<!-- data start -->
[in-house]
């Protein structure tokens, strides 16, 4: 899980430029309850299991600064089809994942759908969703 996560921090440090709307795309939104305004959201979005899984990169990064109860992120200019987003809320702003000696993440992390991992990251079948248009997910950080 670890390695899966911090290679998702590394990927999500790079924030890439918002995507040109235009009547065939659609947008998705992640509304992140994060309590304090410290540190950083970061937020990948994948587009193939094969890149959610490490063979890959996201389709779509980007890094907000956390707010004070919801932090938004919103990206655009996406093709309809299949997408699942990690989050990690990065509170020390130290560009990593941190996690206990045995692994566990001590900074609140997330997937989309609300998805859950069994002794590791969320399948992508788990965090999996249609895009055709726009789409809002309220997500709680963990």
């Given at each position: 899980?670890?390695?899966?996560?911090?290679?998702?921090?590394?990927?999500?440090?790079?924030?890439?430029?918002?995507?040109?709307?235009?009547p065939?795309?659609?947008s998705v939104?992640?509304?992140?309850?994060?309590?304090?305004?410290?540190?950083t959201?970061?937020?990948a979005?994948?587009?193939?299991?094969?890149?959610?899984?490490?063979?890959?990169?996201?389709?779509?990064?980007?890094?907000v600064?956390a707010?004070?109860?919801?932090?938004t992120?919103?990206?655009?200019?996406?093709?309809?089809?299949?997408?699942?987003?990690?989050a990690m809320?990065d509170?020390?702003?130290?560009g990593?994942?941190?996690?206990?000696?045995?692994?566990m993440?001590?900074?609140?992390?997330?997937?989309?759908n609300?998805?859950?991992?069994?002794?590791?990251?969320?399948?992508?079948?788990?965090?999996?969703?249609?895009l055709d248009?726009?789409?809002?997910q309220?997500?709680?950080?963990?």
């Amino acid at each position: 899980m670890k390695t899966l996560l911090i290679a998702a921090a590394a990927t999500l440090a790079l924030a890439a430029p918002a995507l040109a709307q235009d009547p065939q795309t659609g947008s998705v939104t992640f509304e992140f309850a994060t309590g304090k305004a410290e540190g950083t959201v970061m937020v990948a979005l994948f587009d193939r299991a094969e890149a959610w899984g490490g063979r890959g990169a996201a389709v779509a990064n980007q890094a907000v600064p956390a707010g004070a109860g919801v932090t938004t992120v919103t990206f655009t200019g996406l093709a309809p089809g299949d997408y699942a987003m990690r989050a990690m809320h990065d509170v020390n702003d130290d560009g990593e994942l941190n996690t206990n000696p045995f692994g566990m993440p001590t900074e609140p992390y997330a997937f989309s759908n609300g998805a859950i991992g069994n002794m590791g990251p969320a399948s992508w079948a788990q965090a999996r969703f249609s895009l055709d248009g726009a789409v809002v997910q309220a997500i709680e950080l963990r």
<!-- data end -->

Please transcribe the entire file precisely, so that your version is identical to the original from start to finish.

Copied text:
[in-house]
């Protein structure tokens, strides 16, 4: 899980430029309850299991600064089809994942759908969703 996560921090440090709307795309939104305004959201979005899984990169990064109860992120200019987003809320702003000696993440992390991992990251079948248009997910950080 670890390695899966911090290679998702590394990927999500790079924030890439918002995507040109235009009547065939659609947008998705992640509304992140994060309590304090410290540190950083970061937020990948994948587009193939094969890149959610490490063979890959996201389709779509980007890094907000956390707010004070919801932090938004919103990206655009996406093709309809299949997408699942990690989050990690990065509170020390130290560009990593941190996690206990045995692994566990001590900074609140997330997937989309609300998805859950069994002794590791969320399948992508788990965090999996249609895009055709726009789409809002309220997500709680963990």
């Given at each position: 899980?670890?390695?899966?996560?911090?290679?998702?921090?590394?990927?999500?440090?790079?924030?890439?430029?918002?995507?040109?709307?235009?009547p065939?795309?659609?947008s998705v939104?992640?509304?992140?309850?994060?309590?304090?305004?410290?540190?950083t959201?970061?937020?990948a979005?994948?587009?193939?299991?094969?890149?959610?899984?490490?063979?890959?990169?996201?389709?779509?990064?980007?890094?907000v600064?956390a707010?004070?109860?919801?932090?938004t992120?919103?990206?655009?200019?996406?093709?309809?089809?299949?997408?699942?987003?990690?989050a990690m809320?990065d509170?020390?702003?130290?560009g990593?994942?941190?996690?206990?000696?045995?692994?566990m993440?001590?900074?609140?992390?997330?997937?989309?759908n609300?998805?859950?991992?069994?002794?590791?990251?969320?399948?992508?079948?788990?965090?999996?969703?249609?895009l055709d248009?726009?789409?809002?997910q309220?997500?709680?950080?963990?």
């Amino acid at each position: 899980m670890k390695t899966l996560l911090i290679a998702a921090a590394a990927t999500l440090a790079l924030a890439a430029p918002a995507l040109a709307q235009d009547p065939q795309t659609g947008s998705v939104t992640f509304e992140f309850a994060t309590g304090k305004a410290e540190g950083t959201v970061m937020v990948a979005l994948f587009d193939r299991a094969e890149a959610w899984g490490g063979r890959g990169a996201a389709v779509a990064n980007q890094a907000v600064p956390a707010g004070a109860g919801v932090t938004t992120v919103t990206f655009t200019g996406l093709a309809p089809g299949d997408y699942a987003m990690r989050a990690m809320h990065d509170v020390n702003d130290d560009g990593e994942l941190n996690t206990n000696p045995f692994g566990m993440p001590t900074e609140p992390y997330a997937f989309s759908n609300g998805a859950i991992g069994n002794m590791g990251p969320a399948s992508w079948a788990q965090a999996r969703f249609s895009l055709d248009g726009a789409v809002v997910q309220a997500i709680e950080l963990r």